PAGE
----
Celebrate the death of the BCS. There will be plenty of time to fret about the playoff.

Chris Chase
Dr. Saturday

To listen to some folks, you'd never know that the greatest tyranny in sports is on the verge of collapse.

Most people are appropriately delighted by the death of the BCS and celebrating accordingly. But there are a few sticks in the mud who are doing the adult thing and worrying about the future.

Gwen Knapp of the San Francisco Chronicle can't help but think about the 1978 Oklahoma team that got passed over. Mark Kiszla of the Denver Post is angry the players involved in the playoff won't see a dime of the new profits. Business Insider calls it a potential disaster because picking No. 5 from No. 4 is just as hard as picking No. 3 from No. 2. They're all legitimate points, as are the more minor ones that any right-minded analysts are making about the potential plans.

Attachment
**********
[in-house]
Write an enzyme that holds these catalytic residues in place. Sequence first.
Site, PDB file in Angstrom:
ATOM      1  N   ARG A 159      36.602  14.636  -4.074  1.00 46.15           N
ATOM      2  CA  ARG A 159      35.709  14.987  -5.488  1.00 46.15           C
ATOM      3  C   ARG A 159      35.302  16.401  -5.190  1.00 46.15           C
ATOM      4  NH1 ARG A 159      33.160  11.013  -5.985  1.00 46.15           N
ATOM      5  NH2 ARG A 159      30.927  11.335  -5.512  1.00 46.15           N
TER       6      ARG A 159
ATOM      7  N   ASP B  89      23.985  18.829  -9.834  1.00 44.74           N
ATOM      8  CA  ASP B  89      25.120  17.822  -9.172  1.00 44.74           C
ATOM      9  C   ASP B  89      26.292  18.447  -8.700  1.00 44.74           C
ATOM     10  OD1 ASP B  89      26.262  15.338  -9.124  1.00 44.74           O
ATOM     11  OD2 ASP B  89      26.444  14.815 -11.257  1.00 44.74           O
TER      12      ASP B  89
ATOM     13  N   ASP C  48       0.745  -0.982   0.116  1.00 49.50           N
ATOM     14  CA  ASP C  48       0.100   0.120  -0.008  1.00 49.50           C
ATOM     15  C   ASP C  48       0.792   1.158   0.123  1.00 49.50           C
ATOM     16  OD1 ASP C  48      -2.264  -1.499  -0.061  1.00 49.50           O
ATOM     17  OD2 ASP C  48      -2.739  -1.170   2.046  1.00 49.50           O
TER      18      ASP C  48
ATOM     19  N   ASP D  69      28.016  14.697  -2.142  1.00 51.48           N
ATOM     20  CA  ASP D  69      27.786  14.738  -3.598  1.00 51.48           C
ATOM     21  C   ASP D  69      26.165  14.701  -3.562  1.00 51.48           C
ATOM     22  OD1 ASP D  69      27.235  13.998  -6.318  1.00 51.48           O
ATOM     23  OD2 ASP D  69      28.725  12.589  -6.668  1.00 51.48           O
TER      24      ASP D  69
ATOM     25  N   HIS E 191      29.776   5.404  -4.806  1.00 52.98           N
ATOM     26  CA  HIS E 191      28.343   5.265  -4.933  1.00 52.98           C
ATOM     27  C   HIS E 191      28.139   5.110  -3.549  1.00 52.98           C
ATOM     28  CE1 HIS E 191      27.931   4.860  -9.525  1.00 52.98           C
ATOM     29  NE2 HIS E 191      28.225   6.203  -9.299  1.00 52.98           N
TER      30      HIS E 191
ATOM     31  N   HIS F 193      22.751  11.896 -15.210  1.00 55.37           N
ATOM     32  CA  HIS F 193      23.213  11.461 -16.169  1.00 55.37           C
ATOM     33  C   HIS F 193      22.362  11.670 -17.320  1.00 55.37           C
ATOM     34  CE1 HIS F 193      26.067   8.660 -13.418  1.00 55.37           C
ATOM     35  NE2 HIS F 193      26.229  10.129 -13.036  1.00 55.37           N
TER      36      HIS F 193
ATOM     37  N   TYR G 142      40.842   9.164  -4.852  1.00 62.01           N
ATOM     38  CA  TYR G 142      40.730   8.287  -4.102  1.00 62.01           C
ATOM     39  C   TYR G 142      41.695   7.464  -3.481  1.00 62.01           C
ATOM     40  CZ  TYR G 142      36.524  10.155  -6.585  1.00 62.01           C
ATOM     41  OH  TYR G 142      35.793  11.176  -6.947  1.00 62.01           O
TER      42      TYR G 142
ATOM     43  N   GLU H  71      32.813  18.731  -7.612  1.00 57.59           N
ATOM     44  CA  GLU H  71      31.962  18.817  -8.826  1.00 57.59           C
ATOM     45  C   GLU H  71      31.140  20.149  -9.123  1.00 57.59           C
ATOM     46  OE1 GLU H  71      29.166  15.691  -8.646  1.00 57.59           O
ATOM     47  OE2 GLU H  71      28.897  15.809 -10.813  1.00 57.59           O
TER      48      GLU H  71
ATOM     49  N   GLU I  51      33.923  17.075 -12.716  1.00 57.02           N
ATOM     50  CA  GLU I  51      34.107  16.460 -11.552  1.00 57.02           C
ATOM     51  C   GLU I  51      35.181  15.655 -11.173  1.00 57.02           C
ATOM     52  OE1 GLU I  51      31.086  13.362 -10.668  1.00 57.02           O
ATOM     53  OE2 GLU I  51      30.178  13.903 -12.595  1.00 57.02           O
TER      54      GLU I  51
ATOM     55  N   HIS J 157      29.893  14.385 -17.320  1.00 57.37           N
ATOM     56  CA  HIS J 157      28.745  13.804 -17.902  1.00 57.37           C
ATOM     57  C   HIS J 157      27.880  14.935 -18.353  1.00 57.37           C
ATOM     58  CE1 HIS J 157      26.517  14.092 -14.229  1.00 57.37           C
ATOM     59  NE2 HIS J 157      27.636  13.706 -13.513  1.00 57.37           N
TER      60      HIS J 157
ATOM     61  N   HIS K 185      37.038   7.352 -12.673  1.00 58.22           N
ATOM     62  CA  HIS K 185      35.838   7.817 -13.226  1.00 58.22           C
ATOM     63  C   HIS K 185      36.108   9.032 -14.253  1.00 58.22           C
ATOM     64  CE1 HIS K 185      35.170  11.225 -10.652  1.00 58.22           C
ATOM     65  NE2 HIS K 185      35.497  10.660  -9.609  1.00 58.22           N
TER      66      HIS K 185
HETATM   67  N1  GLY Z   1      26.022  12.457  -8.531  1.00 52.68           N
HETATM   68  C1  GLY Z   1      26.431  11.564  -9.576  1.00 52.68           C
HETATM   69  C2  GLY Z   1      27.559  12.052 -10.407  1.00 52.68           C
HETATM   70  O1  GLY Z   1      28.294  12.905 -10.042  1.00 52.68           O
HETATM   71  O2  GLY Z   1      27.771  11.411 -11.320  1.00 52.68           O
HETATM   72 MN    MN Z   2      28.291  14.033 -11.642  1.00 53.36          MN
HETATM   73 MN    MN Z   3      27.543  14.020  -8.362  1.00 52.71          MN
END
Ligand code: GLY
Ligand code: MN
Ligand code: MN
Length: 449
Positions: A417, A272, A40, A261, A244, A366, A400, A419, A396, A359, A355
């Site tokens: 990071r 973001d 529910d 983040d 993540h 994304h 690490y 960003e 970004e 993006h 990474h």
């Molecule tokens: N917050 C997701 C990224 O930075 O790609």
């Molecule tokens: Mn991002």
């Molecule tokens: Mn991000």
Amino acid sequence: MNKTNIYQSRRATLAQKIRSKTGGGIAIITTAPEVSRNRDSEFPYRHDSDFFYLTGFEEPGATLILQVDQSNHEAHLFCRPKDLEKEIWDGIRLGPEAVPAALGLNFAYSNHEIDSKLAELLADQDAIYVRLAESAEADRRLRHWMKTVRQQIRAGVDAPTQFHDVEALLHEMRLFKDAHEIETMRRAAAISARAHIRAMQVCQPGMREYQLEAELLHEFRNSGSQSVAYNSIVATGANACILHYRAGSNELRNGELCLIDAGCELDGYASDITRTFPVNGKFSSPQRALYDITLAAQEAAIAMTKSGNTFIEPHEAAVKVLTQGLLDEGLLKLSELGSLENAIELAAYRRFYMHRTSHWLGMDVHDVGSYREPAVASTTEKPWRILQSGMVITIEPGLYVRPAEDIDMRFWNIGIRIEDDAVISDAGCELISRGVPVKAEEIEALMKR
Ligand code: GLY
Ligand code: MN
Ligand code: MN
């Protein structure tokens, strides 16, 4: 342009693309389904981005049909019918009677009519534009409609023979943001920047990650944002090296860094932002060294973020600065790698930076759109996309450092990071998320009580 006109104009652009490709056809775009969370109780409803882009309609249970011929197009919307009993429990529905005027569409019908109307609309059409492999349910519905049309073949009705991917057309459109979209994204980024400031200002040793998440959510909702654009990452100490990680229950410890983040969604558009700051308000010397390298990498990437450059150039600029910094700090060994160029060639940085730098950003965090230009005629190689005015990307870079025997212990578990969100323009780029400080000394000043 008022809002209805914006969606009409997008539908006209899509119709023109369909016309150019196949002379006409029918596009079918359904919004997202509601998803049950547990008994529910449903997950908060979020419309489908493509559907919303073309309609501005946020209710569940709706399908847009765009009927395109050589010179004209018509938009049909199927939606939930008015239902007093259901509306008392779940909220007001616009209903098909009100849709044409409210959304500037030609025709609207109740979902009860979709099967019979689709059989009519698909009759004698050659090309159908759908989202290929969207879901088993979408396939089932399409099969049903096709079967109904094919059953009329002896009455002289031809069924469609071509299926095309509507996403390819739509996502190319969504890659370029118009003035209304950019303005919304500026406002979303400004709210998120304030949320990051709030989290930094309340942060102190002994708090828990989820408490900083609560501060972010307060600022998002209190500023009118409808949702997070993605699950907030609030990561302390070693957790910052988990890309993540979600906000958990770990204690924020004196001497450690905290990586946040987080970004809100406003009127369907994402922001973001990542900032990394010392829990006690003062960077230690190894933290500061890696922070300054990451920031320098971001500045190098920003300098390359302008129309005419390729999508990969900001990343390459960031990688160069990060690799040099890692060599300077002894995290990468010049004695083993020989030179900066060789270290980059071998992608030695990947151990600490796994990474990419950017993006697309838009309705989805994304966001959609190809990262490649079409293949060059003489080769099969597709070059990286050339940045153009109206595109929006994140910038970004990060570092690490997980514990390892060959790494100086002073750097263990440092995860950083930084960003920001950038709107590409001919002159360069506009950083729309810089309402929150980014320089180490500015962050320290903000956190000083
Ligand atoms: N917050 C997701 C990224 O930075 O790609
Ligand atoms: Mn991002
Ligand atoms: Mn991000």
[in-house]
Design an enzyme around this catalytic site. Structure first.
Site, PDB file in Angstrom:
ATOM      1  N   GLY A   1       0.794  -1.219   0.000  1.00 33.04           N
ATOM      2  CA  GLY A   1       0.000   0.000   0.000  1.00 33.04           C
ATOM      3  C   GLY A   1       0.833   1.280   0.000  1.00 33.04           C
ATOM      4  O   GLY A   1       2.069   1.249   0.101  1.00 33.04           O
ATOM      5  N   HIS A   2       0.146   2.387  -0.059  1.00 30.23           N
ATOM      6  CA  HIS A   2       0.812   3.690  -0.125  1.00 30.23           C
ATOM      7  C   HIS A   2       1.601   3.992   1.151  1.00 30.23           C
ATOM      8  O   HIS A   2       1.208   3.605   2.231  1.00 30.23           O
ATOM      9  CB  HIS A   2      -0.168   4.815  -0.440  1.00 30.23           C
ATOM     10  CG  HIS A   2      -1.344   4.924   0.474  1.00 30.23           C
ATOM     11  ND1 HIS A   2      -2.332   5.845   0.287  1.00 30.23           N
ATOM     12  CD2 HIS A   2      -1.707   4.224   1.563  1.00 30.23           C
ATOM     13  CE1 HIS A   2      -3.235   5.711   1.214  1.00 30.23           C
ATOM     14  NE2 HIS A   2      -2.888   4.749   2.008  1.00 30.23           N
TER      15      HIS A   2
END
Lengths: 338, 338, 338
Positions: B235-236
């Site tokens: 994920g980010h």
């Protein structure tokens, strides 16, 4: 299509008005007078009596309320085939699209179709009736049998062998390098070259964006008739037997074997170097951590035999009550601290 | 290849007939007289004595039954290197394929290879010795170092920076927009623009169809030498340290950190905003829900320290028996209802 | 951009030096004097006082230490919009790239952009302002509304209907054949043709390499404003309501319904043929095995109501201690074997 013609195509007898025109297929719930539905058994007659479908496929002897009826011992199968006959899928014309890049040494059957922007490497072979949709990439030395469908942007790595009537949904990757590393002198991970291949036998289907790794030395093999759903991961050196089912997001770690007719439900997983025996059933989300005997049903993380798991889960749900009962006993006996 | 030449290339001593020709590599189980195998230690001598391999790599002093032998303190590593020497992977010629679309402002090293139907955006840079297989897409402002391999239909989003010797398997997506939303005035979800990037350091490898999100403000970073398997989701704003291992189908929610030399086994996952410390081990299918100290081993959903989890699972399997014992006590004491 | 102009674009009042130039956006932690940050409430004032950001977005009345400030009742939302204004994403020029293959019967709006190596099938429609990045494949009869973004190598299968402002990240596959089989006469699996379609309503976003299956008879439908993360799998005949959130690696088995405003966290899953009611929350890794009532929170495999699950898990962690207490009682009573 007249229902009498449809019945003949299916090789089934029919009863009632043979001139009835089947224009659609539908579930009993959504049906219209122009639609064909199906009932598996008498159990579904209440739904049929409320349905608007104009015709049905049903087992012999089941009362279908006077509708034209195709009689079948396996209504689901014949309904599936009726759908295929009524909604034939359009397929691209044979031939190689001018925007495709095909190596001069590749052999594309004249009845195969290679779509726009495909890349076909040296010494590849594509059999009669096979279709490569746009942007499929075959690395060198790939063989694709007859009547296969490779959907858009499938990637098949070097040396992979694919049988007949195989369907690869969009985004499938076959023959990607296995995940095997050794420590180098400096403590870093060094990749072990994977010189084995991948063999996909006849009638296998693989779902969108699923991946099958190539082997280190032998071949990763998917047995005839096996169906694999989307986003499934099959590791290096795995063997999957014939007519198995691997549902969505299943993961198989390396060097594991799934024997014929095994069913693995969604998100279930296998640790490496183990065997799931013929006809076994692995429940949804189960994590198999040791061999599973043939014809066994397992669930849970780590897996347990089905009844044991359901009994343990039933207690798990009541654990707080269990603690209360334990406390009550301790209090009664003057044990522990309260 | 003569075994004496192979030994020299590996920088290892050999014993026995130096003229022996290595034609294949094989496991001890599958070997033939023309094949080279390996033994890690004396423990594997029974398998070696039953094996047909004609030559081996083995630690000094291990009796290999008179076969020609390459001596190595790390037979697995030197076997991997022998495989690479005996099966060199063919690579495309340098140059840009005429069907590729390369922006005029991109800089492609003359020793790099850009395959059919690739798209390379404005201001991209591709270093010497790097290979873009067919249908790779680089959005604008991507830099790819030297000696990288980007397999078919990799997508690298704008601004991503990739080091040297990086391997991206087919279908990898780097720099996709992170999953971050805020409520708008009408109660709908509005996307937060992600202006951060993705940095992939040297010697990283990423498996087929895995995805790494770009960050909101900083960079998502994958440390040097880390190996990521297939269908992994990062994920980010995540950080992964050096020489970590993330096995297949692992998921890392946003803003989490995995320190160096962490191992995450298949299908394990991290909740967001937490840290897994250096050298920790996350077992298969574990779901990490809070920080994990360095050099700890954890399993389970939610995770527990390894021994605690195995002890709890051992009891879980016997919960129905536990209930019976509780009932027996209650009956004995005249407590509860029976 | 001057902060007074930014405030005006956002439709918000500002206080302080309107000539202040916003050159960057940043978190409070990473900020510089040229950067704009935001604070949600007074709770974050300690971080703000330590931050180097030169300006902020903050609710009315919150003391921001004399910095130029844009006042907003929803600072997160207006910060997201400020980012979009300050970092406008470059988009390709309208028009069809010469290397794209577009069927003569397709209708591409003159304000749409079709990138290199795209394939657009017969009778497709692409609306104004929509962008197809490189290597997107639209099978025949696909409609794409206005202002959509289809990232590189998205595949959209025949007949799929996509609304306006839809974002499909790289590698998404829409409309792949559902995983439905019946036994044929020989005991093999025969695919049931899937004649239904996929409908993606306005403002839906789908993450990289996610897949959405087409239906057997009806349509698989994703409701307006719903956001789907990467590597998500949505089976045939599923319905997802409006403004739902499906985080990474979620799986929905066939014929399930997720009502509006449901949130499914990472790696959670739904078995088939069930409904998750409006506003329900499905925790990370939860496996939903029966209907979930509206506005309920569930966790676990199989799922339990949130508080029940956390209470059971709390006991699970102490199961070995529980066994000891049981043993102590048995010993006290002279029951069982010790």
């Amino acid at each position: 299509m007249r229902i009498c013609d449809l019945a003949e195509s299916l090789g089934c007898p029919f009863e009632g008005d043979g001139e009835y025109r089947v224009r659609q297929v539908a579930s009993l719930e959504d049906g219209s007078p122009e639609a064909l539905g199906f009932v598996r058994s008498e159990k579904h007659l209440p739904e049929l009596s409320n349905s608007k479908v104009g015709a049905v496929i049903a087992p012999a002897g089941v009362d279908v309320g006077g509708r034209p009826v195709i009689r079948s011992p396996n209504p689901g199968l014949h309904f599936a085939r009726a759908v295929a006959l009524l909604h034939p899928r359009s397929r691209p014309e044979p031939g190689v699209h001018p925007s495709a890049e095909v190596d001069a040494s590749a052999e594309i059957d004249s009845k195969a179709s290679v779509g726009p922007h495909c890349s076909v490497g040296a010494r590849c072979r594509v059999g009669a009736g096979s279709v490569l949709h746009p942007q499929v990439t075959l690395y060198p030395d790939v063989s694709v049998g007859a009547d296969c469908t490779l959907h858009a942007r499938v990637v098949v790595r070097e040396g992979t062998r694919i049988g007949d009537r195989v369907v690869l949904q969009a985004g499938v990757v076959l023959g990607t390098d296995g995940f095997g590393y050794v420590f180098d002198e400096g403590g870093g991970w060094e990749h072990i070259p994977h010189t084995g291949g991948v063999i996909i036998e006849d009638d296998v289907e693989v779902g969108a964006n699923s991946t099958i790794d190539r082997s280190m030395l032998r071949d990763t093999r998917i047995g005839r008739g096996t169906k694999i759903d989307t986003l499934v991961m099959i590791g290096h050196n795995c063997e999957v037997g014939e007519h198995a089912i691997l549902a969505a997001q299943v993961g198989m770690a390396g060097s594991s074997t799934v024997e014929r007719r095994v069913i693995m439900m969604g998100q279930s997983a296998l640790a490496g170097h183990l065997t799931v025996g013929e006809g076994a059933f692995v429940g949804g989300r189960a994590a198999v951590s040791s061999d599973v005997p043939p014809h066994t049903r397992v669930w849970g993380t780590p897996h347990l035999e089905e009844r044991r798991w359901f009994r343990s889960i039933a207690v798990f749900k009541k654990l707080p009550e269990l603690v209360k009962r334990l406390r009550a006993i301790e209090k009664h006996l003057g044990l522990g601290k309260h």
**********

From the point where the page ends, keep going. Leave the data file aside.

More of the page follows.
Has the NCAA and BCS turned us so cynical and jaded that we can't enjoy anything?

This is like waking up on Christmas morning, finding a red-bowed Lexus sitting in the driveway, then getting upset that it's not a Mercedes. When Americans won their independence the first time, do you think Benjamin Franklin and Thomas Jefferson sat around and fretted about how to set up the Treasury department? Heck no. That's what July 5, 1776 was for. Live in the now and enjoy it.

It's all about patience and perspective. You know the NCAA is going to screw up something -- neutral-site games for the semifinals, restricting conferences to two teams per playoff, giving Notre Dame an automatic bye into the finals. There's going to be plenty of time to complain about that in the next few months.

For now, stop worrying. You don't have to learn to love the BCS any more.

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